Account takeover (ATO) has historically been defined as an attack in which cybercriminals take control of online accounts by using stolen passwords and credentials. Cybercriminals buy a list of account credentials from the dark web, which hackers normally gather through social engineering, data breaches, and phishing attempts.
They use these credentials to create bots that automatically access travel, retail, finance, eCommerce, and social media sites in order to test password and username combinations and login. Attackers eventually obtain a list of validated credentials and earn by selling these credentials to others or abusing the account. Account takeover attacks almost always result in some form of identity theft.
ATO attacks are more sophisticated and widespread than ever before. Online fraud has evolved tremendously in recent years. The COVID pandemic has resulted in a flood of freshly digital company processes and online consumer offers, providing fertile ground for an unprecedented number of bad actors to profit from account takeovers. Businesses shifting workloads and key development processes to the cloud are increasingly targets of previously unseen techniques to financial fraud. These new processes are being used by online crooks. According to recent study, the ratio of fraudulent login attempts to total user logins has increased by 282 percent year over year.
Organizations in the digital age must go beyond simply preventing credit card and bank account details from being stolen. Organizations today require a security plan that protects their web applications from automated account fraud.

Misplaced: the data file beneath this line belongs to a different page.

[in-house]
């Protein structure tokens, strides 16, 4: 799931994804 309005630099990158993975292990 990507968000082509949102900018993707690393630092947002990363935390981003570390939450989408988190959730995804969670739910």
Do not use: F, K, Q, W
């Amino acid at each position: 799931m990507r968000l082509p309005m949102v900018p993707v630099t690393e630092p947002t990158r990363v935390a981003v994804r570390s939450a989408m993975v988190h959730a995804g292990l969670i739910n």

Account takeover has become a commodity in the cybercriminal ecosystem. To automate assaults, fraudsters may now buy credential dumps from breaches and rent low-cost bot infrastructure. The time and resources necessary for automated account theft have never been lower. This is made worse by the fact that, despite years of professional guidance, most customers repeat passwords across dozens of sites and neglect to change them when breaches occur.
As a security professional, you must guarantee that your solution can prevent ATO attacks without disrupting or losing legal transactions. This is only possible with a multi-layered, intent-based detection method that detects malicious logins while producing extremely few false positives. To aid in fraud resolution, your solution must allow you to extract context from data.
This includes acquiring visibility into which sites and user accounts are being attacked, what strategies were utilized, and whether the credentials are publicly available. You must be able to deploy the solution to both applications and websites without affecting end user experience, load times, or responsiveness. You may also utilize the security demonstration to notify clients when an attempted account takeover is identified and blocked, as well as to advise them on how to avoid the risk.